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thering, or confluence, of the people towards the place of sport,) the poet proceeds

Ane young man stert into that steid,

As cant as ony colt,
Ane birken hat upon his heid,

With ane bow and ane bolt;
Said, Merrie maidens, think not lang;

The weather is fair and smolt;
He cleikit up ane hie rough sang,
66 There fure * ane man to the holt,” +

Quod he,

Of Peblis to the Play. Another allusion occurs in the twenty-fifth stanza :

He fippilit like ane fatherless foal,

And said, Be still, my sweit thing.
By the Haly Rude of Peblis,

I may nocht rest for greiting.
He quissilit and he pypit baith,

To mak her blythe that meiting:
My bonny heart, how says the sang,
ós There sall be mirth at our meiting

Yet,"

Of Peblis to the Play. It is thus established, that songs were common mat

the

peasantry in the earlier half of the fifteenth century; and also that there were, in particular, two songs, now lost, one beginning, “ There fure ane man to the holt," and another, “ There shall be mirth at our meeting yet.”

But by far the most valuable illustration of the state of song about the era of King James, [1424–37,] is to be found in a ludicrous vernacular poem, called Cockelby's Sow, which is known, from internal and external evidence, to have been written before the middle of the fifteenth century, although the earliest copy of it is in the Bannatyne Manuscript, dated only 1568. Cockelby's Sow, in language, and style of description, makes a much nearer approach to the mo• Went.

+ Wood. b

ters among

dern productions of the Scottish muse, than any other work produced before the days of Semple and Ramsay. On this account, and as it describes a scene of coarse rustic festivity, there is the strongest probability that the names of tunes contained in the following extract, refer expressly to those ballads and songs which were popular at the time when the poem was composed.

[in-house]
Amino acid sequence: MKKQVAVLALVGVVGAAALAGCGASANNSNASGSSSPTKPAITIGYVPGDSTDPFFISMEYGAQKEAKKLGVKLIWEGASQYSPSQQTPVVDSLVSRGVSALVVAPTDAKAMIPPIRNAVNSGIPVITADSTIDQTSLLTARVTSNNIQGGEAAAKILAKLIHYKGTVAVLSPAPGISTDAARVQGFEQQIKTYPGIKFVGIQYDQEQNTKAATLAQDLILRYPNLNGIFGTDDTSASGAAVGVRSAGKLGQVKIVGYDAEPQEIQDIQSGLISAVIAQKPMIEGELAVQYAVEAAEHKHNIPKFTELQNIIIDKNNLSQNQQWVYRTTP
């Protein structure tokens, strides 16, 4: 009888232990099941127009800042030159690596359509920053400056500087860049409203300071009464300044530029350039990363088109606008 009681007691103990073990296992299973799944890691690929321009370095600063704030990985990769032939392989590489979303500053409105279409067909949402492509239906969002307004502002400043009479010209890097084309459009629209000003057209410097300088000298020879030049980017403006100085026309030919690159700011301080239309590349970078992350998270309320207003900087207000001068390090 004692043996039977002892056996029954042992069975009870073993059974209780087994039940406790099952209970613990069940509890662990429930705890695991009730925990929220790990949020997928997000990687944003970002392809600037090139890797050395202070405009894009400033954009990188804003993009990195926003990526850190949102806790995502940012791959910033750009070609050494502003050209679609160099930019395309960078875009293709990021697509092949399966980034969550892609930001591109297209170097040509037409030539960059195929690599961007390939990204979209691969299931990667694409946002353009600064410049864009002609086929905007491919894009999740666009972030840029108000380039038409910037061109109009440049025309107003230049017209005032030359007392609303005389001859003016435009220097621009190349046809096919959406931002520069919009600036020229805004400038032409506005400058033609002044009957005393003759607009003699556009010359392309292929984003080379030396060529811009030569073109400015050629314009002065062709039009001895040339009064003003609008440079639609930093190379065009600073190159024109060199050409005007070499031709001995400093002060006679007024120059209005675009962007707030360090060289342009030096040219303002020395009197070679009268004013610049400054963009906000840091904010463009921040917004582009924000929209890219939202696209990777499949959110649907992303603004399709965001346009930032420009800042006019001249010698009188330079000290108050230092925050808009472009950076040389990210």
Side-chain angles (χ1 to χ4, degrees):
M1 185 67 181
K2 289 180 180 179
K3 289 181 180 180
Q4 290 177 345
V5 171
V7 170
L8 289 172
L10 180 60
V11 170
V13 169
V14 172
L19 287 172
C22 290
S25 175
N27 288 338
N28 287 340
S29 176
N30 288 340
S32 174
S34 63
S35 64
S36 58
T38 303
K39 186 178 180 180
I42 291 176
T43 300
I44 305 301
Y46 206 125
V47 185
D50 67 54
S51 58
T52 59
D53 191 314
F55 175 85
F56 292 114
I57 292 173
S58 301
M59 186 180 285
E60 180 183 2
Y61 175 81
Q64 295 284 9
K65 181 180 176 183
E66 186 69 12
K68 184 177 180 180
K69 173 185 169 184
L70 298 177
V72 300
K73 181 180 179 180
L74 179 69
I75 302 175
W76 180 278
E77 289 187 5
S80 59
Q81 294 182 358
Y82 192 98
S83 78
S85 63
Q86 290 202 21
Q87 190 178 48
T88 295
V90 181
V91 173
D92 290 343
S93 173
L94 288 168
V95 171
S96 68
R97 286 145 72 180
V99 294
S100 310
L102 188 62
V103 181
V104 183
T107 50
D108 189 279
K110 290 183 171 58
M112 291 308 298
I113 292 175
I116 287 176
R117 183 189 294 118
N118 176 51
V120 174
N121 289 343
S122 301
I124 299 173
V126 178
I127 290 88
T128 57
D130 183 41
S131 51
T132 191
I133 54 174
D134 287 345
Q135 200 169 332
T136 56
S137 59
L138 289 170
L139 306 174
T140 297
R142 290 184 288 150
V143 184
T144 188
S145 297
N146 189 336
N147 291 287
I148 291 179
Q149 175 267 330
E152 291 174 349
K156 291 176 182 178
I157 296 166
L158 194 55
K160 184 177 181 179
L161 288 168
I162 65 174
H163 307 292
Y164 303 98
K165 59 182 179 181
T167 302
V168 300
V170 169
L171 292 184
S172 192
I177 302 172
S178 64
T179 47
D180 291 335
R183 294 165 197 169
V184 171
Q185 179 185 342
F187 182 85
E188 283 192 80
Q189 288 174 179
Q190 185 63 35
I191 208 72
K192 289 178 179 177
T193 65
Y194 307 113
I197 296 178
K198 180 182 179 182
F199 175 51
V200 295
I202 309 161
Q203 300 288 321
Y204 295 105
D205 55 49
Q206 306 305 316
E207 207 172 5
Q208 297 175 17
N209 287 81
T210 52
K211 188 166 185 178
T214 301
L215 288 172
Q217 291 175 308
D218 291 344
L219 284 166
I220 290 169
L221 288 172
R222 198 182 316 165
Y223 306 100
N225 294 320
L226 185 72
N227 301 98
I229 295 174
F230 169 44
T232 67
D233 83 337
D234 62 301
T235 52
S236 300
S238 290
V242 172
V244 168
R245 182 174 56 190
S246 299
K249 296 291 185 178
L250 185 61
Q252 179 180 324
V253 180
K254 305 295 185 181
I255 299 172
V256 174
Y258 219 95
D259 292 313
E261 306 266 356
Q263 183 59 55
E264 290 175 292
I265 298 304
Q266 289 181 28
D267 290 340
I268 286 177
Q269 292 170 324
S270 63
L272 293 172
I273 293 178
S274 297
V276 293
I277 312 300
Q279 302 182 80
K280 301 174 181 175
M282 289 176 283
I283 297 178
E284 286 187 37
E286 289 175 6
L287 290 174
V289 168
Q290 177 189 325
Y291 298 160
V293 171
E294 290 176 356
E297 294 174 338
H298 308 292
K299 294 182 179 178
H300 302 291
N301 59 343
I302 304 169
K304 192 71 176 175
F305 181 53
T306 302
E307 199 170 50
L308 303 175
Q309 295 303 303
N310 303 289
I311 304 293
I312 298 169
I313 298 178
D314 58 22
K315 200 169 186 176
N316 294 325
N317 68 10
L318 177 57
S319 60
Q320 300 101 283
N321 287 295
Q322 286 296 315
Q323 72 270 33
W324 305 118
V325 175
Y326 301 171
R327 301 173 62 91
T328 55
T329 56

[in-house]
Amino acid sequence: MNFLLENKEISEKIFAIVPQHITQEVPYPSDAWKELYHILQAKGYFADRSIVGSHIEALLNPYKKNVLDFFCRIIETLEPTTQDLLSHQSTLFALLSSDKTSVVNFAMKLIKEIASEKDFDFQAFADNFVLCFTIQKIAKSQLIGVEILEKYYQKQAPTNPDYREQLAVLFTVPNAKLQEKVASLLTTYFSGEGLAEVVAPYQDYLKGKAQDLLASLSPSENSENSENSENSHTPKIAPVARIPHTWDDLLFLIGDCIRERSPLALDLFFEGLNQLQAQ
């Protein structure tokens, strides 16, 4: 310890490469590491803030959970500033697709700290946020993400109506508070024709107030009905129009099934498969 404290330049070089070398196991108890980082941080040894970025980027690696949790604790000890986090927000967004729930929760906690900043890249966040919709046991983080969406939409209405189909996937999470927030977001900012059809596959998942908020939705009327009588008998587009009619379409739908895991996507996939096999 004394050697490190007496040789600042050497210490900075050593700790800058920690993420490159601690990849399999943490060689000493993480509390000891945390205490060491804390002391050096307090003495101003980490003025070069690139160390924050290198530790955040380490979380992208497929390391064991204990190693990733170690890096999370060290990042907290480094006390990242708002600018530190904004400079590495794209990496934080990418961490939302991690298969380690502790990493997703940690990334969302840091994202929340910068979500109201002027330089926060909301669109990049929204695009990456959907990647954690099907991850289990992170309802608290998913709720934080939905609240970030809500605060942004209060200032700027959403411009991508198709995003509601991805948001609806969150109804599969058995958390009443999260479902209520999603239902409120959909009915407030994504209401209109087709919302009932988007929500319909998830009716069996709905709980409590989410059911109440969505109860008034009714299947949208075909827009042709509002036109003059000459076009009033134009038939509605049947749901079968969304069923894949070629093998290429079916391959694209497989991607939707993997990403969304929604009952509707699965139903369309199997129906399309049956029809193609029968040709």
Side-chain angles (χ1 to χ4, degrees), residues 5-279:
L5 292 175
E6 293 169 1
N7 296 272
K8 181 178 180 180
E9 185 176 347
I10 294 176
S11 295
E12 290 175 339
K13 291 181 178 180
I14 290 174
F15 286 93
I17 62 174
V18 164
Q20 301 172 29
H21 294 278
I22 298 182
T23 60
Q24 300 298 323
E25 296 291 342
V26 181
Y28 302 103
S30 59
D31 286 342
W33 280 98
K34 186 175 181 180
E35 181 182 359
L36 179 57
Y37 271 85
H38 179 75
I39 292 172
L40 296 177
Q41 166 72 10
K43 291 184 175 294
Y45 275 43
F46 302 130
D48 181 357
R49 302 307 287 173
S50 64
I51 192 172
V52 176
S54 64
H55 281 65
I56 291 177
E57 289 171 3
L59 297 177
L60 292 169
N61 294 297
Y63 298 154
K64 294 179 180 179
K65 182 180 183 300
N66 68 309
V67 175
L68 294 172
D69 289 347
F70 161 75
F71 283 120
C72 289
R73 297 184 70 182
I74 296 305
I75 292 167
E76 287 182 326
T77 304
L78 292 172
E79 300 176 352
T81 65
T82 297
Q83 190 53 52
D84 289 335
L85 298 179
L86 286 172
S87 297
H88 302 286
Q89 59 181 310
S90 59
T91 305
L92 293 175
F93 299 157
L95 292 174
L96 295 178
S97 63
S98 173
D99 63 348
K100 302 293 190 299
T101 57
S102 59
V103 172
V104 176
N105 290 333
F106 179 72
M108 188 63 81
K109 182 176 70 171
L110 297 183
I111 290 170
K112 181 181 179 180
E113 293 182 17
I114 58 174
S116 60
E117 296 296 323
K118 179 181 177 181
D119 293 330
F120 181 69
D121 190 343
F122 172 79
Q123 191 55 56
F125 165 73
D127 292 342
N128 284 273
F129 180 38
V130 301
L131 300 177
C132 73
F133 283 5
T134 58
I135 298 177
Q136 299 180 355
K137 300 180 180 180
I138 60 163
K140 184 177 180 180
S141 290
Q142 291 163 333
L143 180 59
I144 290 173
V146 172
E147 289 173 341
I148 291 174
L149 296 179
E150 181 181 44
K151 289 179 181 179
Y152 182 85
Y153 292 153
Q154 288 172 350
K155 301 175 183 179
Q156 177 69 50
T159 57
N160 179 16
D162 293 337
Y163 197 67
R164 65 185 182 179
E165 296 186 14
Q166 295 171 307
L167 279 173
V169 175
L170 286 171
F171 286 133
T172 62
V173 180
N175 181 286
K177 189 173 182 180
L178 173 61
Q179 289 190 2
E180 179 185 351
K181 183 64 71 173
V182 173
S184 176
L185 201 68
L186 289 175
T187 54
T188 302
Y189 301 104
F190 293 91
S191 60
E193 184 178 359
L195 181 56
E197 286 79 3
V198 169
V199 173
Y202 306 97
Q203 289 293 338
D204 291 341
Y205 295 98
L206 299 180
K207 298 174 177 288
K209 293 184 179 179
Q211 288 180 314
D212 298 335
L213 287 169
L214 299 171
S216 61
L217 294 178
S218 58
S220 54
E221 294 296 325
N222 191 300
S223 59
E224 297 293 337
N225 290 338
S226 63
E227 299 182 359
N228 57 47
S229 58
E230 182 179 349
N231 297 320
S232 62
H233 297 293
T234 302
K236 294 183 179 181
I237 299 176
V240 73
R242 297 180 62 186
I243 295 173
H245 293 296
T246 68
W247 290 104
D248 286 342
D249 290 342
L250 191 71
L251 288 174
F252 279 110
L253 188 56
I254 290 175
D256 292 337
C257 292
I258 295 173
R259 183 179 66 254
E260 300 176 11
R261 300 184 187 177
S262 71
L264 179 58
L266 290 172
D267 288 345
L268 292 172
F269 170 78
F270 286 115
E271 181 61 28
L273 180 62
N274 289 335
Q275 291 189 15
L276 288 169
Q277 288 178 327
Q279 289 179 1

And his cousin Copyn Cull
Foul of bellis ful full,
Led the dance and began,
Play us Joly Lemmane.
Sum trottit Tras and Trenass,
Sum balterit The Bass,
Sum Perdolly, sum Trolly lolly,
Sum, Cok craw thou all day,

Treysbank and Terway,
Sum Lincolne, sum Lindsay,
Sum Joly Lemman, dawis it not day,
Sum Be yon wodsyd singis,
Sum Lait lait in evinnynis,
Sum, Joly Martene with a mók,
Sum, Lulalow lute cok.
Sum bakkit, sum beingit,
Sum crakkit, sum cringit;
Sum movit Most mak revell,
Sum Symon sonis of Quhynfell,
Sum Maister Peir de Cougate,
And uther sum in Cousate
At leser drest to dance.
Sum Ourfute, sum Orliance,
Sum Rusty Bully with a bek,
And every note in utheris nek.
Sum usit the dansis to dame
Of Cipres and Boheme;
Sum the faitis full yarne
Off Portugall and Naverne ;
Sum counterfeitit the gyis of Spane,
Sum Italy, sum Almaine;
Sum noisit Napillis anone,
And uthir sum of Arragone;
Sum The Cane of Tartary,
Sum The Soldane of Surry.

Than all arrayit in a ring,
Dancit My deir derling.
Thay movit in their mad meeting,
And all thay falit in feeting ;
For werit wes their menstralis,
Thair instrumentis in tonis falis;
And all thair plat pure pansis,
Coud not the fete of ony dansis ;
Bot such thing us affeiris
To hirdis, and thair maneris ;
For they hard speik of men gud,
And small thereof understood;
Bot harlit forth uponn heid,
A cojoyne cull coud thame lede ;
And so thay wend thay weill dansit,
And did bot practit and pransit ;
Bot quhen thay had all done,
It was a tratlyng out of tune.

“ Of the airs mentioned in this poem,” says Mr Leyden, in bis Notes to “ The Complaynt of Scotland,” “ I suspect Twysbank to be the appropriate tune of a song preserved in the Bannatyne MS., which com

mences

When Tayis bank wes blomit brycht. Owirfute and Orliance are mentioned, in a curious poem on the ? Laying of a Ghaist,' in the Bannatyne MS., which begins